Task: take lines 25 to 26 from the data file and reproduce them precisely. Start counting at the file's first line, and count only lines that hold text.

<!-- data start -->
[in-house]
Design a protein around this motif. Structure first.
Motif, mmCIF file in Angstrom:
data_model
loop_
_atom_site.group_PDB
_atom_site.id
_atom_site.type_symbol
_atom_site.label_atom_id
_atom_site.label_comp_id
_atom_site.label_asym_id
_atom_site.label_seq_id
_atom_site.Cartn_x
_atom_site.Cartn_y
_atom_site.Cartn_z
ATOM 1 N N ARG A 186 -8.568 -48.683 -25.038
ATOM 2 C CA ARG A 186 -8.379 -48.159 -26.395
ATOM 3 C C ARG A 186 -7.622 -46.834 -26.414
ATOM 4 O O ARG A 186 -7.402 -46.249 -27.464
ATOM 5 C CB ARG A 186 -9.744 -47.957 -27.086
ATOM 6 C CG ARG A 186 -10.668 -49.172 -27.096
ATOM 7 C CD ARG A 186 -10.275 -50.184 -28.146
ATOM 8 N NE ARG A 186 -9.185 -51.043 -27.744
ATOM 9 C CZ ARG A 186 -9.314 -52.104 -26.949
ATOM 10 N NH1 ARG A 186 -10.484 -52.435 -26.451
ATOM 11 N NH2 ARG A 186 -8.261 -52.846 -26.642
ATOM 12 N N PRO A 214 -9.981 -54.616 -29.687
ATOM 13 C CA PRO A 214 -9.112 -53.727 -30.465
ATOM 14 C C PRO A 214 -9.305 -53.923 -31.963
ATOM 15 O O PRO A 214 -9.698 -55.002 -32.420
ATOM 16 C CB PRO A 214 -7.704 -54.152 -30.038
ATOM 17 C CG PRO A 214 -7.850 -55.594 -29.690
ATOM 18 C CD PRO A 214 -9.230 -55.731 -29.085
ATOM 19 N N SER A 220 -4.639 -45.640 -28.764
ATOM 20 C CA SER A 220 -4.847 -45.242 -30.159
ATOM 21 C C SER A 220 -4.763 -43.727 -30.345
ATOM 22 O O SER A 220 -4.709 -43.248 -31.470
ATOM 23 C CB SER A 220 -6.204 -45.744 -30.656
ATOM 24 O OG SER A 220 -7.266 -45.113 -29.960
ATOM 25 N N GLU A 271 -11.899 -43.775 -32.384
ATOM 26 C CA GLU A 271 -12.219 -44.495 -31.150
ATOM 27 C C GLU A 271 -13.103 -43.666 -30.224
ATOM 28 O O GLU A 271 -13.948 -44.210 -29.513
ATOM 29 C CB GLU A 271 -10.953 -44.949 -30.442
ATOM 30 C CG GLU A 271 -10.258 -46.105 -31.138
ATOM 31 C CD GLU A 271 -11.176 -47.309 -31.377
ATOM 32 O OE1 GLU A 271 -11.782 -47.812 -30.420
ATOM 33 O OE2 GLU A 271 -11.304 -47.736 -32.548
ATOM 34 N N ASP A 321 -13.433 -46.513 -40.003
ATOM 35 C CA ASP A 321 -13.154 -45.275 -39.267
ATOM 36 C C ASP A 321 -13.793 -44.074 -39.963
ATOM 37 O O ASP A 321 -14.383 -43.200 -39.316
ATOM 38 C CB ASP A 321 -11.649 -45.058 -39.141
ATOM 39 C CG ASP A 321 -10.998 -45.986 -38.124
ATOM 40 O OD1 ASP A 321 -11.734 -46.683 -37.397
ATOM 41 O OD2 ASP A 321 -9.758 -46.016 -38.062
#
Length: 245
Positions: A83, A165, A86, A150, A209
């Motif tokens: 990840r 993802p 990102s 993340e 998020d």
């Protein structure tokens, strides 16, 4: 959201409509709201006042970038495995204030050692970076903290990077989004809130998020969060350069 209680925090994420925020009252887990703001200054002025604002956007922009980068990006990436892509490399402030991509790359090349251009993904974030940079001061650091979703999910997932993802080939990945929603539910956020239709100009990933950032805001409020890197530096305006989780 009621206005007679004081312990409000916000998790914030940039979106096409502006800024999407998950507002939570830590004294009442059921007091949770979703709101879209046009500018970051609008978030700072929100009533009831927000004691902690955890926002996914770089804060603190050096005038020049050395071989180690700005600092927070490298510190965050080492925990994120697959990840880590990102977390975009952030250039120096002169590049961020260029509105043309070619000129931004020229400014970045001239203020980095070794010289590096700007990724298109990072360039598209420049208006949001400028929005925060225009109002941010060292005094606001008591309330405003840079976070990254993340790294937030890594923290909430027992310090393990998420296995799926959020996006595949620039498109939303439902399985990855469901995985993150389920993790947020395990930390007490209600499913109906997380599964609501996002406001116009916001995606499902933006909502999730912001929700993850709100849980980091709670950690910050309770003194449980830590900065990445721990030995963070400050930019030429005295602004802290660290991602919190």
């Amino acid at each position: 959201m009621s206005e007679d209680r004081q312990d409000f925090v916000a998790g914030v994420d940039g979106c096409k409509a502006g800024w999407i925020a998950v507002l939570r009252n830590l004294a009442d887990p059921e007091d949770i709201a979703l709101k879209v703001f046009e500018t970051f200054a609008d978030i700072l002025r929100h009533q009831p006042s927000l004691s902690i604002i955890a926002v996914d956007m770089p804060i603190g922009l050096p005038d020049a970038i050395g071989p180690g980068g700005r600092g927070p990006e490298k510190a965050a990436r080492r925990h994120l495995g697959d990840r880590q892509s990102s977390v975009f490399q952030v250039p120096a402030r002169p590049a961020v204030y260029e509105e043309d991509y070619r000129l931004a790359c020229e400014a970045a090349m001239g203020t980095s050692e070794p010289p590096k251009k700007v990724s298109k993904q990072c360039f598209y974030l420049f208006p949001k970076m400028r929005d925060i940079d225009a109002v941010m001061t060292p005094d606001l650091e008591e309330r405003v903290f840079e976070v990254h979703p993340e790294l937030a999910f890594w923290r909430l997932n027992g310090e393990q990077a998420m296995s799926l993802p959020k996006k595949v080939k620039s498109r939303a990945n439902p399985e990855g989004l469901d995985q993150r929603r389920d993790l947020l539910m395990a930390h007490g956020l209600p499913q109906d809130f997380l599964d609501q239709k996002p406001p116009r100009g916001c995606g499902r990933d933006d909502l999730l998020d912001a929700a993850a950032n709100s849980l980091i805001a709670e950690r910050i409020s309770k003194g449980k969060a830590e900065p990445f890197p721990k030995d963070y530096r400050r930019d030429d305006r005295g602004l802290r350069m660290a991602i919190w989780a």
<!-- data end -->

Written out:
ATOM 10 N NH1 ARG A 186 -10.484 -52.435 -26.451
ATOM 11 N NH2 ARG A 186 -8.261 -52.846 -26.642